Alimony

 

Unlike child support, there is no formula used to determine the amount of spousal support, or alimony. Because of this, the experience, negotiating skills and creativity of your attorney is of paramount importance. Our attorneys at West Family Law Group have the knowledge and experience to establish a fair and reasonable outcome for you, taking into consideration the complexities of family law and income tax laws.

 
 

Alimony, which is also known as maintenance, is available through Florida law. it is financial support through which a spouse with greater financial resources supports a former spouse. The main purpose of alimony is to assist one party in maintaining the standard of living established during the marriage. It is often critical for a person to carry on their life. If you are seeking monetary support, approaching the issue of alimony in this manner allows you to present a clear case about why the award of alimony is justified.

Considerations

Alimony is a recognition that one spouse may have more resources and income than the other to be self-supportive going forward. It is based on the financial ability of the "payor" spouse and the need of the “recipient” spouse for such assistance. The earning potential and income from the assets awarded to the receiving spouse are also considered.

Alimony is not meant to punish one party, although the ability of a Florida judge to consider adultery or other bad behavior of a spouse when determining whether to award alimony, and how much to order, does permit an element of judgment for bad behavior.

The length of a marriage is very important in determining alimony. Marriage length classification is based upon how many years it lasted:

  • Short-term: less than 7 years
  • Moderate-term: more than 7 or years but less than 17 years
  • Long-term: 17 years or more

 

Types of Alimony

Under Florida law, alimony is granted to a spouse. It can be awarded temporarily, to bridge the gap, be rehabilitative (i.e., intended to get the person to a position where they can take care of expenses without assistance), durational or permanent. Alimony can be paid on a determined interval, awarded in a lump sum or be a combination of the two.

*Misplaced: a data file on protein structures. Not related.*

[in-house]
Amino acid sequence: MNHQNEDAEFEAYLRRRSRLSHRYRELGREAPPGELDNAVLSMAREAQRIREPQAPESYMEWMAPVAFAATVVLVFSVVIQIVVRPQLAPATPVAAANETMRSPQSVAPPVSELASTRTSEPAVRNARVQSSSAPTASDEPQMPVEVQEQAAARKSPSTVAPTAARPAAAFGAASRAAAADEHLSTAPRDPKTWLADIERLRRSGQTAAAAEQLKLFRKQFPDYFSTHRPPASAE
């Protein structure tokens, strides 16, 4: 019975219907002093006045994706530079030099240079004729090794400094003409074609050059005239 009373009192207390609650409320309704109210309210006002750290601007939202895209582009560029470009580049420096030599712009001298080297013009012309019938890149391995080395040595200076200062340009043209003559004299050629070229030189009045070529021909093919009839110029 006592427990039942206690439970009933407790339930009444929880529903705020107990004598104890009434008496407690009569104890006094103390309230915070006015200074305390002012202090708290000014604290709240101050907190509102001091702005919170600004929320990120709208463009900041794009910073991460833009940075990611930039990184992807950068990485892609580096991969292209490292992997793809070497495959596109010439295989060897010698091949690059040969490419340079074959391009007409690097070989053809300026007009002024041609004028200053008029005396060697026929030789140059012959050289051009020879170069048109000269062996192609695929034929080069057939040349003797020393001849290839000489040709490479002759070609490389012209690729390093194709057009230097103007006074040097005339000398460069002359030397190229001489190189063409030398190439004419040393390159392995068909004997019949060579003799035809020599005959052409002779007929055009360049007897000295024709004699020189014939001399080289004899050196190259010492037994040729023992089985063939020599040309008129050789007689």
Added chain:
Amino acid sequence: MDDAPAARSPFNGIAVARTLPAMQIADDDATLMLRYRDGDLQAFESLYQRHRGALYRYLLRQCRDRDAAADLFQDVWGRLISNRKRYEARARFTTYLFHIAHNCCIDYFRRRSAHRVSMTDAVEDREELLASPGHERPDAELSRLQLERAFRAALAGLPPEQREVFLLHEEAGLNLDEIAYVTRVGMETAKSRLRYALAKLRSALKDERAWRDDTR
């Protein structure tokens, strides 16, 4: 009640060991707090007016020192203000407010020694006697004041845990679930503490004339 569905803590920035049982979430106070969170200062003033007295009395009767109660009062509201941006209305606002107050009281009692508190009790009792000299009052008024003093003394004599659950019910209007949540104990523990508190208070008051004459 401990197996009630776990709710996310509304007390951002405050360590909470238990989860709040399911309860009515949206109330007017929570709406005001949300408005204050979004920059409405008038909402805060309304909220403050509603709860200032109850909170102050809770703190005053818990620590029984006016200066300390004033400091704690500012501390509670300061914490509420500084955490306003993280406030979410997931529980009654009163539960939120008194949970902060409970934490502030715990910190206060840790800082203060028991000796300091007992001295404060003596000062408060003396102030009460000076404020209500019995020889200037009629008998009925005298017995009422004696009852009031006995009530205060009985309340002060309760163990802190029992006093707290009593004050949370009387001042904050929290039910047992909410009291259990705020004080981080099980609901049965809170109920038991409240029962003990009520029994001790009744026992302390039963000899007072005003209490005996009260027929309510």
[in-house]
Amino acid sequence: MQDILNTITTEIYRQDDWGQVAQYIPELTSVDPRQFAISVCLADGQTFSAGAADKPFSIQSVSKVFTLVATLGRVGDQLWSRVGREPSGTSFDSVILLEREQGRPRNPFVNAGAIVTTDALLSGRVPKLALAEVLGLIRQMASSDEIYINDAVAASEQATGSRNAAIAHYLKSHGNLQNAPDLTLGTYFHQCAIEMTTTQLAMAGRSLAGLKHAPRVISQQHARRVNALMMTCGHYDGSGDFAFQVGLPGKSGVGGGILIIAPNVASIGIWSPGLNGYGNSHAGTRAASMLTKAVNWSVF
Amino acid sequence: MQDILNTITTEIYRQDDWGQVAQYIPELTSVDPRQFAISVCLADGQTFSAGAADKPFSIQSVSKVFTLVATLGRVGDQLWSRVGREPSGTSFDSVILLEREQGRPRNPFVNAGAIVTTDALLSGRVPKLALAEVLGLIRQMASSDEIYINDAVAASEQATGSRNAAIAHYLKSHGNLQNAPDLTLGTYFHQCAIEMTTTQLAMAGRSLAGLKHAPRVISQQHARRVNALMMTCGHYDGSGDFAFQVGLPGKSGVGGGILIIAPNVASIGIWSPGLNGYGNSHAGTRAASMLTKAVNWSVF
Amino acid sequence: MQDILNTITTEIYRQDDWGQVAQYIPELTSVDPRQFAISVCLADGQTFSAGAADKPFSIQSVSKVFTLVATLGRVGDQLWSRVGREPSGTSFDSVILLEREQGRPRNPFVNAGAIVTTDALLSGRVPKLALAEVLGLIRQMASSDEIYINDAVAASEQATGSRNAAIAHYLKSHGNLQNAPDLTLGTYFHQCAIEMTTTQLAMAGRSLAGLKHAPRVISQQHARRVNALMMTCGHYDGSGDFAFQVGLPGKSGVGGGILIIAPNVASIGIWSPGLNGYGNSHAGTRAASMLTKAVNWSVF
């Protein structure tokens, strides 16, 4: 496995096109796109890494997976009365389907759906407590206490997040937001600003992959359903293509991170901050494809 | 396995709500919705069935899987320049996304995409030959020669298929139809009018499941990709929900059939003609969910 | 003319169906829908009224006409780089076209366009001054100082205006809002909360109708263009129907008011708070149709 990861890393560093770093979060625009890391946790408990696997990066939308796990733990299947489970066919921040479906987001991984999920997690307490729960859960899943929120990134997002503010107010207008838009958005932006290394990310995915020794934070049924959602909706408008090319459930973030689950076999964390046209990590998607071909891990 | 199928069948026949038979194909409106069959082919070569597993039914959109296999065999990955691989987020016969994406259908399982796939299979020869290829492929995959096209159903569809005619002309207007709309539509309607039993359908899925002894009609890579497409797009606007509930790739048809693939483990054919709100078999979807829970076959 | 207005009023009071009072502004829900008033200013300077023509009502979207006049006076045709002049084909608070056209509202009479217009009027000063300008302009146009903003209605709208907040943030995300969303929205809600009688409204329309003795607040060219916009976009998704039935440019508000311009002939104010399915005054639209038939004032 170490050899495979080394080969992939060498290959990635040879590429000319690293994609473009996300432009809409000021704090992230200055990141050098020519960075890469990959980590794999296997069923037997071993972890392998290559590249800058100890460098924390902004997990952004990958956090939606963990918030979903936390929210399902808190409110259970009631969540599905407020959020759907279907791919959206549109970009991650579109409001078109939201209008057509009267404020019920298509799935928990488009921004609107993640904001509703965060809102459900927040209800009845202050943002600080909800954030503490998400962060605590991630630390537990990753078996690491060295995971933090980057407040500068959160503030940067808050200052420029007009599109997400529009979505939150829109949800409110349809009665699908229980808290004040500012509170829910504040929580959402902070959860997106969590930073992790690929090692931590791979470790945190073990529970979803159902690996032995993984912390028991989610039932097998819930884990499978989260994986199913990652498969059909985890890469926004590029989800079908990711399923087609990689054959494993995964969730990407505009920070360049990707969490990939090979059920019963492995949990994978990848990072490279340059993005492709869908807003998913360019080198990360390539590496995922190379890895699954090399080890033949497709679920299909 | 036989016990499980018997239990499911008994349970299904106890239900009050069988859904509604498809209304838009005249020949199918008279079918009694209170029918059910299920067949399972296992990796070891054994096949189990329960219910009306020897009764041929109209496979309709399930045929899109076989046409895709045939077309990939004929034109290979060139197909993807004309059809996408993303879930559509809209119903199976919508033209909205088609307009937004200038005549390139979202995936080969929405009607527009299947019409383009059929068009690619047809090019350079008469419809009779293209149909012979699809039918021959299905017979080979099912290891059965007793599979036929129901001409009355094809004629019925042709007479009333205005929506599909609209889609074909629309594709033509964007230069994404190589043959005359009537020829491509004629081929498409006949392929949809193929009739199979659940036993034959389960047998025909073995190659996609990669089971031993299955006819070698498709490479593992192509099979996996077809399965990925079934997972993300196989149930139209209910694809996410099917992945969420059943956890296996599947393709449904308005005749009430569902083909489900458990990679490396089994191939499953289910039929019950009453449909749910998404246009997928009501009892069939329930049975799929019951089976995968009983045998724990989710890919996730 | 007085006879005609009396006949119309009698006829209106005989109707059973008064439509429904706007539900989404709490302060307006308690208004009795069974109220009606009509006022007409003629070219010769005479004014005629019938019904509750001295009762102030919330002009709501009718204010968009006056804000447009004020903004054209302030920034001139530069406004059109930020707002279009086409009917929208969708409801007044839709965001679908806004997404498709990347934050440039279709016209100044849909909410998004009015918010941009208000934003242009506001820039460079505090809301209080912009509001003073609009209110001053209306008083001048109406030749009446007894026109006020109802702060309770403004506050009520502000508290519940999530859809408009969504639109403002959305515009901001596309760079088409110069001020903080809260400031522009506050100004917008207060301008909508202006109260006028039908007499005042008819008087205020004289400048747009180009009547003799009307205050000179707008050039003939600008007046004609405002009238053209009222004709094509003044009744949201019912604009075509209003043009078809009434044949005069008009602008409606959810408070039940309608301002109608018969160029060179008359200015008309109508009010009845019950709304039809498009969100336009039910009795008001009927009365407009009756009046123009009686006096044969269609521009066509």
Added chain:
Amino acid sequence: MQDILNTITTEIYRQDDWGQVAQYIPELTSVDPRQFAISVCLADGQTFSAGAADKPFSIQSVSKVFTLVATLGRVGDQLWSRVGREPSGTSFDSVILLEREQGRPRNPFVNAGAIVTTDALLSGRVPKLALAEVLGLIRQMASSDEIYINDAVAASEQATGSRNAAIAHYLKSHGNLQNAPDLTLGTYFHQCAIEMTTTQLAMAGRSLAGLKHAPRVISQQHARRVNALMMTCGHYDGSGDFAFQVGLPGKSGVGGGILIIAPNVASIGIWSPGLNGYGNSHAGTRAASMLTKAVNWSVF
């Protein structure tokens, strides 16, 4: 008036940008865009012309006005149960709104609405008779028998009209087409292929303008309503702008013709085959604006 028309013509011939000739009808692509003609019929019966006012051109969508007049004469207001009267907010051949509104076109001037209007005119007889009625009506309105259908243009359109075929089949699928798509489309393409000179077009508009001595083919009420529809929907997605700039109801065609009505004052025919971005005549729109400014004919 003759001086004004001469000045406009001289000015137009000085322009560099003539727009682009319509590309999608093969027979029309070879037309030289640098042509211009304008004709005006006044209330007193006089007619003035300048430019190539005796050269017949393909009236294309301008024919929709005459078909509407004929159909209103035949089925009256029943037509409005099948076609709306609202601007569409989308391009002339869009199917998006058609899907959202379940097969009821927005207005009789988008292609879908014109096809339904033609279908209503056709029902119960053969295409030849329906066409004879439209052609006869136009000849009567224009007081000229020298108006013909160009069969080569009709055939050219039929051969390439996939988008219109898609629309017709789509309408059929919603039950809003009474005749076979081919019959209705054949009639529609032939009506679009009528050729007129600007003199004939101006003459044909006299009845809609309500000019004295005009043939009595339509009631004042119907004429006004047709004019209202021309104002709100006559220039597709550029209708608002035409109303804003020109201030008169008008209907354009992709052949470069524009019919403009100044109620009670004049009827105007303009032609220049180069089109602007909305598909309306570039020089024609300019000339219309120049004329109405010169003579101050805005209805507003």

The types of alimony are intended for different purposes:

Temporary Alimony is an award of alimony during the divorce proceeding. This award is automatically terminated upon the entry of the final divorce decree and may be replaced by one of the other types of alimony.

Bridge-the-Gap Alimony is transitional alimony. It is intended to help a spouse go from being married to being single by allocating the funds necessary to pay foreseeable and identifiable bills associated with re-starting a life without a spouse. It is typically used in very short marriages.

Rehabilitative Alimony is used when a spouse will need to pursue different educational programs or specific vocational skill training to obtain employment that will allow for self-sufficiency. When a court grants a party rehabilitative alimony, the order needs to include a specific plan. For instance, a person who enjoys working with horses may decide to pursue a career as a farrier and the plan will include the estimated length of time of the program, associated costs, required time as an apprentice, and the period before the spouse anticipates achieving self-sufficiency. The spouse receiving or paying the alimony may petition for a modification of the order if circumstances change or the receiving spouse deviates significantly from the plan.

Durational Alimony is awarded in the instance of a short or moderate-term marriage. It is available when the other types of alimony do not fit the circumstances of the divorcing couple. It is awarded as a set amount over a pre-determined period, not to exceed the length of the marriage. Therefore, if the couple getting a divorce was married for seven years, the award of durational alimony cannot exceed seven years, but is usually less.

Permanent Alimony is usually granted only in long-term marriages, occasionally in moderate term marriages and will only be available for a short-term marriage under extraordinary circumstances. Permanent alimony is available to a spouse who cannot maintain the standard of living enjoyed during the marriage with regard to necessities of life and general needs. This is a very subjective standard as the court will review the couple’s lifestyle during the marriage and determine what is reasonable. A person with extensive staff and luxuries may be awarded enough to reasonably maintain a similar lifestyle after the divorce.

Alimony At A Glance

Alimony is financial support through which a spouse with greater financial resources supports a former spouse

  • Its main purpose: to assist one party in maintaining the standard of living established during the marriage
  • Unlike child support, no formula used to determine the amount
    • You must present a clear case of justification
    • It is based on the financial ability of the "payor" spouse and the need of the “recipient” spouse
    • The earning potential and income from the assets awarded to recipient also considered
  • Length of a marriage is very important in determining alimony
    • Short-term: less than 7 years
    • Moderate-term: more than 7 years but less than 17 years
    • Long-term: 17 years or more
  • Alimony can be awarded to
    • Be temporary 
    • Bridge the gap
    • Be rehabilitative (intended to get the person to a position where they can take care of expenses without assistance)
    • Be durational
    • Be permanent

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